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Onscreen Art: Virtual Artist Interacts with Students in Residency

(Posted December 3, 2007)

An example of Ken Huff\'s \"virtual\" art.

HUNTINGDON, Pa. -- A \"virtual art\" virtuoso in three-dimensional, computer-generated art will be in residence at Juniata College for one week from today Nov. 26 through Friday Dec. 7. Ken Huff, a nationally known artist from Tampa, Fla., will display his work in the Suzanne von Liebig Theatre and spend time with various Juniata faculty and students as part of his residency. The exhibition of Huff\'s work opens at 4 p.m. Wednesday, Nov. 28 in the theatre within the Halbritter Center for the Performing Arts. Huff\'s works, which centers around animation art, will be projected on three 10-foot screens and two 50-inch plasma televisions. Huff\'s work is best characterized as three-dimensional computer graphics, often resulting in visually striking prints, sculptures and short animations that reveal forms that seem familiar, yet are totally organic objects that can exist in the real world or in virtual reality. Huff spent two weeks in residency at Juniata in 2005, where he gave two lectures and worked on an art project with Juniata students. Many of Huff\'s works resemble otherworldly structures and shapes that seem made from materials that resemble space-age plastics or compounds that have yet to be invented. He creates many of these works as prints and has produced sculptures from some of his designs. \"The idea that I can create a large-scale image with a physical level of detail and realism, but not be constrained in any way by physical materials (or even physics) is incredibly fulfilling,\" Huff says. Huff also produces time-based projects and interactive installations that resemble short animations or films. His work is featured prominently in the book \"CGI: The Art of the 3-D Computer-Generated Image\" and \"Aesthetic Computing.\" Much of Huff\'s inspiration for his self-created images arise from nature. He says he has been inspired by the iridescence of a beetle, the spiral forms of a mollusk shell, mud fissures and even the loops and whorls of a fingerprint. Huff\'s artwork can be seen on his Web site www.itgoesboing.com.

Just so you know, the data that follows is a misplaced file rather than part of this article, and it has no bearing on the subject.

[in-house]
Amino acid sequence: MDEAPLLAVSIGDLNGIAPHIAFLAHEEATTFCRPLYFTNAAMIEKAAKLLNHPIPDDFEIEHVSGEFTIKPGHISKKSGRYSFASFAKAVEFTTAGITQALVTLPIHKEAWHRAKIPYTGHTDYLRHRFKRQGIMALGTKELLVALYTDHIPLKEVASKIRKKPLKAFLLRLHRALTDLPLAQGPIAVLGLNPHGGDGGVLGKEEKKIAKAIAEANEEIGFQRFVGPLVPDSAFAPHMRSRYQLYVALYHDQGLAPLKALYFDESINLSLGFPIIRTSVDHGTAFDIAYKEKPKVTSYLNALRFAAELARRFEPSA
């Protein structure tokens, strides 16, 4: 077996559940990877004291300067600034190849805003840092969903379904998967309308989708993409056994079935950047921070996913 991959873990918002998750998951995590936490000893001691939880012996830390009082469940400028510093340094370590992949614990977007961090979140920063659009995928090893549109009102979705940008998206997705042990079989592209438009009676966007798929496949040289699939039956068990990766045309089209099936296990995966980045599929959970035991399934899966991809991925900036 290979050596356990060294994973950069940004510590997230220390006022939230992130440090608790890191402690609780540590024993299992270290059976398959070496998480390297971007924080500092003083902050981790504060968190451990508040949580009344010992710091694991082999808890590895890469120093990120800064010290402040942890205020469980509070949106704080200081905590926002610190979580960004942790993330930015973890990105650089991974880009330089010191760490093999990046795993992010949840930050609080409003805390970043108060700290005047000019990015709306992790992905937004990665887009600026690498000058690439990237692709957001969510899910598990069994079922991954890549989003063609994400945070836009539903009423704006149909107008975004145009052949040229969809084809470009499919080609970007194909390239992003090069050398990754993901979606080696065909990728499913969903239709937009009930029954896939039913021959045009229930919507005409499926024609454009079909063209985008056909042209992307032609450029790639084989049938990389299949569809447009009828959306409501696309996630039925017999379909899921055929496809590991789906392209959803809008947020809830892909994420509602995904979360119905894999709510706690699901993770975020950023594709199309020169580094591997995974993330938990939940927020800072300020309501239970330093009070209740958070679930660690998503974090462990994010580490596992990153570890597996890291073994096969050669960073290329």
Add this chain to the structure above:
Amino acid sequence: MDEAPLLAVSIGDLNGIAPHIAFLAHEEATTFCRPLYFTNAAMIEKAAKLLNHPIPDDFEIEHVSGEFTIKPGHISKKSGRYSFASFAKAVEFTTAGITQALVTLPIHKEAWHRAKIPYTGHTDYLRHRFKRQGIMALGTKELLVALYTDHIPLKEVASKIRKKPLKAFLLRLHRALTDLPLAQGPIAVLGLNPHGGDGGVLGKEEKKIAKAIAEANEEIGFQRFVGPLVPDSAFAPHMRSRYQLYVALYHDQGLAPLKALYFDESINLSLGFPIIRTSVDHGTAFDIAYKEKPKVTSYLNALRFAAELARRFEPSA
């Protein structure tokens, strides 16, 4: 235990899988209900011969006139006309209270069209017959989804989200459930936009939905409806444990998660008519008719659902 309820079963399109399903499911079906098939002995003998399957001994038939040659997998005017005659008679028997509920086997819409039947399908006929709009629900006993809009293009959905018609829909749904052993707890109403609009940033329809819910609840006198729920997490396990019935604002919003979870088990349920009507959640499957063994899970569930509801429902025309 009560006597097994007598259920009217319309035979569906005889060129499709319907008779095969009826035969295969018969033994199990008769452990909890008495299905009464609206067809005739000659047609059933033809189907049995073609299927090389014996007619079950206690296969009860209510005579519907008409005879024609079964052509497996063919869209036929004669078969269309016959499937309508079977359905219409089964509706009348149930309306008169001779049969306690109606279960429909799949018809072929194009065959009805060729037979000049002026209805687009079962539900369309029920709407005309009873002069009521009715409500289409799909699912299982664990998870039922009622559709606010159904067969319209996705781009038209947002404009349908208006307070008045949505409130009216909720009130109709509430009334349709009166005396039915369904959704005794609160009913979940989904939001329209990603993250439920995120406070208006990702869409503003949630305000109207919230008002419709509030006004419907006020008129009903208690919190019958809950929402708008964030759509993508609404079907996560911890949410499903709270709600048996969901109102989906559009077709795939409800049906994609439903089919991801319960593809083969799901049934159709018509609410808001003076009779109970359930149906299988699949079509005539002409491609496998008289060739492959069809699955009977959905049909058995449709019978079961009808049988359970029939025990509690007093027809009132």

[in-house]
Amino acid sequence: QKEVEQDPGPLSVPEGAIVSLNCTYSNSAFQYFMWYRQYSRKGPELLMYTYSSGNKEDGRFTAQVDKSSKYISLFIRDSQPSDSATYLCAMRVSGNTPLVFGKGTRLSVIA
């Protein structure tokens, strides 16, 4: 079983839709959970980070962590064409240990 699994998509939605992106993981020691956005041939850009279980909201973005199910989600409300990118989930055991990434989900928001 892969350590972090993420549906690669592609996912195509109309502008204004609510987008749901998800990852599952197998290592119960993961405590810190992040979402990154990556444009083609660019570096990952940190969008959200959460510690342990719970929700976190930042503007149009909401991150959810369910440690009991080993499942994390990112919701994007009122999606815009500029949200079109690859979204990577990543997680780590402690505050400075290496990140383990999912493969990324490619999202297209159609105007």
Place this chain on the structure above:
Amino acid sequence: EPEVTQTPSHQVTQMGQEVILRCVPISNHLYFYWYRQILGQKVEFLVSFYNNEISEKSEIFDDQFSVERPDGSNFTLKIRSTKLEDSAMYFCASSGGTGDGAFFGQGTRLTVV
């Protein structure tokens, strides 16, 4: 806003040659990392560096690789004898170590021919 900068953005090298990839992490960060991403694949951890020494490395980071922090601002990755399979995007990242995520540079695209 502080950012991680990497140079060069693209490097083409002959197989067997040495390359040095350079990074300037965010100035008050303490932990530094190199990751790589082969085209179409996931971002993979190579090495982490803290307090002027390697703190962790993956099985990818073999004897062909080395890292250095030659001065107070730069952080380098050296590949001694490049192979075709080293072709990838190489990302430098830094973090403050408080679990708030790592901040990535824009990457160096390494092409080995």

Contact John Wall at wallj@juniata.edu or (814) 641-3132 for more information.